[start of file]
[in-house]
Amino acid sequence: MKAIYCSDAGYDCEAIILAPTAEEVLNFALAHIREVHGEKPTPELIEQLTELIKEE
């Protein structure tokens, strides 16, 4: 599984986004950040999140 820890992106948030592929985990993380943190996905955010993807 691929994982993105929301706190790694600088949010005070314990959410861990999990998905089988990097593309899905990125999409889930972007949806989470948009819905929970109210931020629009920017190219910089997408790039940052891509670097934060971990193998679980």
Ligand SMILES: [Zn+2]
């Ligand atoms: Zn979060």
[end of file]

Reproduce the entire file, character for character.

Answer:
[in-house]
Amino acid sequence: MKAIYCSDAGYDCEAIILAPTAEEVLNFALAHIREVHGEKPTPELIEQLTELIKEE
């Protein structure tokens, strides 16, 4: 599984986004950040999140 820890992106948030592929985990993380943190996905955010993807 691929994982993105929301706190790694600088949010005070314990959410861990999990998905089988990097593309899905990125999409889930972007949806989470948009819905929970109210931020629009920017190219910089997408790039940052891509670097934060971990193998679980």
Ligand SMILES: [Zn+2]
């Ligand atoms: Zn979060």